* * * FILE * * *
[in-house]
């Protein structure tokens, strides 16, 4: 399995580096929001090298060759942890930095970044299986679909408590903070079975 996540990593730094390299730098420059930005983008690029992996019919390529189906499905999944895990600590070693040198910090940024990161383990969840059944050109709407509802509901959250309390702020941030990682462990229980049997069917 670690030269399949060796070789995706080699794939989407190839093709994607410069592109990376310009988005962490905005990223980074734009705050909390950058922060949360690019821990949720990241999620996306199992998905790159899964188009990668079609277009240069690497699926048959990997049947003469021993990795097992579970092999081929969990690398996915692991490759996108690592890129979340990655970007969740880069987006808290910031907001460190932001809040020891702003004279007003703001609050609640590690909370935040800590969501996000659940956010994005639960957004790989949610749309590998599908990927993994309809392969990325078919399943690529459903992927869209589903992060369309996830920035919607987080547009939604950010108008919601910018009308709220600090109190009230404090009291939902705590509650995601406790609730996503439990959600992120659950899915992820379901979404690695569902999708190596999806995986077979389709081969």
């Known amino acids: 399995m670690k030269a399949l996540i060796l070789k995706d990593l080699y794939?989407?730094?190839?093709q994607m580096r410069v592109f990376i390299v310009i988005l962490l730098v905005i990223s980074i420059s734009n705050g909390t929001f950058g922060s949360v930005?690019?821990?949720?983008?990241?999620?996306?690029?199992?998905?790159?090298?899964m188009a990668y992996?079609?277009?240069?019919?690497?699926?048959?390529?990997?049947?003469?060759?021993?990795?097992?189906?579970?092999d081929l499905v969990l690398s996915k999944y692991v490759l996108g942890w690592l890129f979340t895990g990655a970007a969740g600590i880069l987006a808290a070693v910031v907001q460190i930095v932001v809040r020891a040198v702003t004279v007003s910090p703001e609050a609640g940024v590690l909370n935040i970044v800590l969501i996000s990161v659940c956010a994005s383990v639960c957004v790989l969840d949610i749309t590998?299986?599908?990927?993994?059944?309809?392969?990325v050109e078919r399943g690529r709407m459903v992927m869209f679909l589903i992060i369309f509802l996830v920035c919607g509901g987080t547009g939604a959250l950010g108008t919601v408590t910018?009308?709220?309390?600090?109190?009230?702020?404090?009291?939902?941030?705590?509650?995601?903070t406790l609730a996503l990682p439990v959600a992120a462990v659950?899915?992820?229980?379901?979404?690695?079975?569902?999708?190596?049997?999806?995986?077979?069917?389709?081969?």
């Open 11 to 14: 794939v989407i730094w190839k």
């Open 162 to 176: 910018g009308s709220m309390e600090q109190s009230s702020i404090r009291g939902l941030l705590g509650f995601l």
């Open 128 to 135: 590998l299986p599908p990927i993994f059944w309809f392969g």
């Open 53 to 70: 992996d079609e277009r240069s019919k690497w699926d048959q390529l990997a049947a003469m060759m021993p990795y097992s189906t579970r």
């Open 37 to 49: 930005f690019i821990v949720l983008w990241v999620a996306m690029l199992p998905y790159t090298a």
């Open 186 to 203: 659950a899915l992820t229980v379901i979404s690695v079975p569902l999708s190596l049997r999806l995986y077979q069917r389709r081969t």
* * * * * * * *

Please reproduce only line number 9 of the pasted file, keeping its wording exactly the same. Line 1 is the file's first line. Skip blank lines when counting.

């Open 186 to 203: 659950a899915l992820t229980v379901i979404s690695v079975p569902l999708s190596l049997r999806l995986y077979q069917r389709r081969t």